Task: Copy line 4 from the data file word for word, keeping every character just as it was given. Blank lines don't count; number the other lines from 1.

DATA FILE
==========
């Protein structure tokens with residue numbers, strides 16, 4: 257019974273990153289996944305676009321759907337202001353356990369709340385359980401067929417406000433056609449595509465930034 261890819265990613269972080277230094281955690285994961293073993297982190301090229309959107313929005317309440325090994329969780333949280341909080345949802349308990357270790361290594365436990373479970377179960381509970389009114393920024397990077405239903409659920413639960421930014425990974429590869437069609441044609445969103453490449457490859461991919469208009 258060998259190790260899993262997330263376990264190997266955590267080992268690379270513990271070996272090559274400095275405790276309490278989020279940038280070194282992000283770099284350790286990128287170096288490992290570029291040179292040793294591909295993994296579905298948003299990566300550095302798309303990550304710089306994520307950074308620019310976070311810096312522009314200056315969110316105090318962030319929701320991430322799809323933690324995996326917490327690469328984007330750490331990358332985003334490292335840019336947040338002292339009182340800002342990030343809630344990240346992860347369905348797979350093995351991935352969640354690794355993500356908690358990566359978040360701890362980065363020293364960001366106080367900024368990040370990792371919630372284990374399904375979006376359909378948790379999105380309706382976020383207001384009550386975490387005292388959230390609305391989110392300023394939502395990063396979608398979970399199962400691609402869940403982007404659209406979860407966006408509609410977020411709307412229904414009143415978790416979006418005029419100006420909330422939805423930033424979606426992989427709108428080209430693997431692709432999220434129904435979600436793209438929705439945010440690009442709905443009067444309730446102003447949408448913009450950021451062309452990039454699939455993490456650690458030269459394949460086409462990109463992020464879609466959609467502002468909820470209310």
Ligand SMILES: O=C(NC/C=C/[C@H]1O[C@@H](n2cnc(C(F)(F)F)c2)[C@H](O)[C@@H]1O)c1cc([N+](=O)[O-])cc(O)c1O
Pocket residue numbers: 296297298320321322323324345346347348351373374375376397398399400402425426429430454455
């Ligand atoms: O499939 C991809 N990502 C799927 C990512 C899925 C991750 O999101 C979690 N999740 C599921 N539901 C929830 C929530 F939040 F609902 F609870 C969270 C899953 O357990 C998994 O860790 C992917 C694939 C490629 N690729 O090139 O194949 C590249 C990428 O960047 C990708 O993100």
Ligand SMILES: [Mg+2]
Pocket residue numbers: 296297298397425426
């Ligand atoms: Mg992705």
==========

């Ligand atoms: O499939 C991809 N990502 C799927 C990512 C899925 C991750 O999101 C979690 N999740 C599921 N539901 C929830 C929530 F939040 F609902 F609870 C969270 C899953 O357990 C998994 O860790 C992917 C694939 C490629 N690729 O090139 O194949 C590249 C990428 O960047 C990708 O993100």